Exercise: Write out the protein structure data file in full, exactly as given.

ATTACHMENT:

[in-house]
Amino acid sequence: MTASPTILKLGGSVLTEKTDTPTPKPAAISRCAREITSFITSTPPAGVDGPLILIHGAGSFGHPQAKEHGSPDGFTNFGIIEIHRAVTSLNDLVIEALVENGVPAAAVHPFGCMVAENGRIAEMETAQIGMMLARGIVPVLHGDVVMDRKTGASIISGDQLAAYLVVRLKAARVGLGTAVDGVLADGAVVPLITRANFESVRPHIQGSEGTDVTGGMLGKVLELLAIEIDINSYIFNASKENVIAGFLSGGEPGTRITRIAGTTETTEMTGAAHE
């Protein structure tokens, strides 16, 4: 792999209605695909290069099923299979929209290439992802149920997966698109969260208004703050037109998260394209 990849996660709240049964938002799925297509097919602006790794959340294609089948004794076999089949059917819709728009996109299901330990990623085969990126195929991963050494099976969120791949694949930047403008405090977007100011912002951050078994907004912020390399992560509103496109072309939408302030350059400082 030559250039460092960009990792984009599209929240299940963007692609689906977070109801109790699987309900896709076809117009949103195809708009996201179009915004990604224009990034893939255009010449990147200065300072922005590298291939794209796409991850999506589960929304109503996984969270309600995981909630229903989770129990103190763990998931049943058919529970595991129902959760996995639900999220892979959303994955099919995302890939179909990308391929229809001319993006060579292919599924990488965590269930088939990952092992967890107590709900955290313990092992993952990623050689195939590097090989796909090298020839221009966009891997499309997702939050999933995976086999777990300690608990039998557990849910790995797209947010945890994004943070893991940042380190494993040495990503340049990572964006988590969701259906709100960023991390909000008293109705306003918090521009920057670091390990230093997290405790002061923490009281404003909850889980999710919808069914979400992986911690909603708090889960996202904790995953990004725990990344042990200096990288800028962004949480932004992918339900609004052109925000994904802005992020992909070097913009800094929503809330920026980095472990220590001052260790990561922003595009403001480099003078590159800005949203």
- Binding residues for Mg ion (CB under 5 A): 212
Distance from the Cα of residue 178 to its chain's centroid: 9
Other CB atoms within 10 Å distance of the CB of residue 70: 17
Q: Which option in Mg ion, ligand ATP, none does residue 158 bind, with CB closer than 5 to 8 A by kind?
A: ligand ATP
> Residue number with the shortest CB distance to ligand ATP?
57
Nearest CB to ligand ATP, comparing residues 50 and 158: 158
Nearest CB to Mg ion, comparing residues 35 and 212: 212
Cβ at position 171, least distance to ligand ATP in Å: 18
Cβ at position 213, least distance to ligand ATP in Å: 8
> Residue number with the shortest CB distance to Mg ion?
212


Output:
[in-house]
Amino acid sequence: MTASPTILKLGGSVLTEKTDTPTPKPAAISRCAREITSFITSTPPAGVDGPLILIHGAGSFGHPQAKEHGSPDGFTNFGIIEIHRAVTSLNDLVIEALVENGVPAAAVHPFGCMVAENGRIAEMETAQIGMMLARGIVPVLHGDVVMDRKTGASIISGDQLAAYLVVRLKAARVGLGTAVDGVLADGAVVPLITRANFESVRPHIQGSEGTDVTGGMLGKVLELLAIEIDINSYIFNASKENVIAGFLSGGEPGTRITRIAGTTETTEMTGAAHE
């Protein structure tokens, strides 16, 4: 792999209605695909290069099923299979929209290439992802149920997966698109969260208004703050037109998260394209 990849996660709240049964938002799925297509097919602006790794959340294609089948004794076999089949059917819709728009996109299901330990990623085969990126195929991963050494099976969120791949694949930047403008405090977007100011912002951050078994907004912020390399992560509103496109072309939408302030350059400082 030559250039460092960009990792984009599209929240299940963007692609689906977070109801109790699987309900896709076809117009949103195809708009996201179009915004990604224009990034893939255009010449990147200065300072922005590298291939794209796409991850999506589960929304109503996984969270309600995981909630229903989770129990103190763990998931049943058919529970595991129902959760996995639900999220892979959303994955099919995302890939179909990308391929229809001319993006060579292919599924990488965590269930088939990952092992967890107590709900955290313990092992993952990623050689195939590097090989796909090298020839221009966009891997499309997702939050999933995976086999777990300690608990039998557990849910790995797209947010945890994004943070893991940042380190494993040495990503340049990572964006988590969701259906709100960023991390909000008293109705306003918090521009920057670091390990230093997290405790002061923490009281404003909850889980999710919808069914979400992986911690909603708090889960996202904790995953990004725990990344042990200096990288800028962004949480932004992918339900609004052109925000994904802005992020992909070097913009800094929503809330920026980095472990220590001052260790990561922003595009403001480099003078590159800005949203």
- Binding residues for Mg ion (CB under 5 A): 212
Distance from the Cα of residue 178 to its chain's centroid: 9
Other CB atoms within 10 Å distance of the CB of residue 70: 17
Q: Which option in Mg ion, ligand ATP, none does residue 158 bind, with CB closer than 5 to 8 A by kind?
A: ligand ATP
> Residue number with the shortest CB distance to ligand ATP?
57
Nearest CB to ligand ATP, comparing residues 50 and 158: 158
Nearest CB to Mg ion, comparing residues 35 and 212: 212
Cβ at position 171, least distance to ligand ATP in Å: 18
Cβ at position 213, least distance to ligand ATP in Å: 8
> Residue number with the shortest CB distance to Mg ion?
212